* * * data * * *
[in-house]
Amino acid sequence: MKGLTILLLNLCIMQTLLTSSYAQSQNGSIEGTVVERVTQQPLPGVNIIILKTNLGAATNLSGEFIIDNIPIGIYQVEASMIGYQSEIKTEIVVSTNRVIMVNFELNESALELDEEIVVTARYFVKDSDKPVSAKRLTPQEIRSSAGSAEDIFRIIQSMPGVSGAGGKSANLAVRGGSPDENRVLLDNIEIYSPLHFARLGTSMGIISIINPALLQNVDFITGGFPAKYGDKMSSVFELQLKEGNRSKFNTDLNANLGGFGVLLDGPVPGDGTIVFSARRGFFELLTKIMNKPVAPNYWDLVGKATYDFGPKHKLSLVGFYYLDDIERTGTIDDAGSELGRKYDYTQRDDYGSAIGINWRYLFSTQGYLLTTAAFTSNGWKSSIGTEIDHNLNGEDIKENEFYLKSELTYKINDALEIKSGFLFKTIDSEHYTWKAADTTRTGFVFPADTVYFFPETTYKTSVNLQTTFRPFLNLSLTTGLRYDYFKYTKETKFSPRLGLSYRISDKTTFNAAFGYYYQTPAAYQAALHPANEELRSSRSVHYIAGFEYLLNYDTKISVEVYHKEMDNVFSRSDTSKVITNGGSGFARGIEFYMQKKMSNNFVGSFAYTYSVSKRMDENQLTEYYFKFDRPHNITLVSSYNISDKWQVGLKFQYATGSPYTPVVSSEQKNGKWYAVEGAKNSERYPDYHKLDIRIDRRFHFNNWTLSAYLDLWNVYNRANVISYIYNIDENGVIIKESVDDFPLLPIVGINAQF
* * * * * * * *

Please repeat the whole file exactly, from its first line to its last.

[in-house]
Amino acid sequence: MKGLTILLLNLCIMQTLLTSSYAQSQNGSIEGTVVERVTQQPLPGVNIIILKTNLGAATNLSGEFIIDNIPIGIYQVEASMIGYQSEIKTEIVVSTNRVIMVNFELNESALELDEEIVVTARYFVKDSDKPVSAKRLTPQEIRSSAGSAEDIFRIIQSMPGVSGAGGKSANLAVRGGSPDENRVLLDNIEIYSPLHFARLGTSMGIISIINPALLQNVDFITGGFPAKYGDKMSSVFELQLKEGNRSKFNTDLNANLGGFGVLLDGPVPGDGTIVFSARRGFFELLTKIMNKPVAPNYWDLVGKATYDFGPKHKLSLVGFYYLDDIERTGTIDDAGSELGRKYDYTQRDDYGSAIGINWRYLFSTQGYLLTTAAFTSNGWKSSIGTEIDHNLNGEDIKENEFYLKSELTYKINDALEIKSGFLFKTIDSEHYTWKAADTTRTGFVFPADTVYFFPETTYKTSVNLQTTFRPFLNLSLTTGLRYDYFKYTKETKFSPRLGLSYRISDKTTFNAAFGYYYQTPAAYQAALHPANEELRSSRSVHYIAGFEYLLNYDTKISVEVYHKEMDNVFSRSDTSKVITNGGSGFARGIEFYMQKKMSNNFVGSFAYTYSVSKRMDENQLTEYYFKFDRPHNITLVSSYNISDKWQVGLKFQYATGSPYTPVVSSEQKNGKWYAVEGAKNSERYPDYHKLDIRIDRRFHFNNWTLSAYLDLWNVYNRANVISYIYNIDENGVIIKESVDDFPLLPIVGINAQF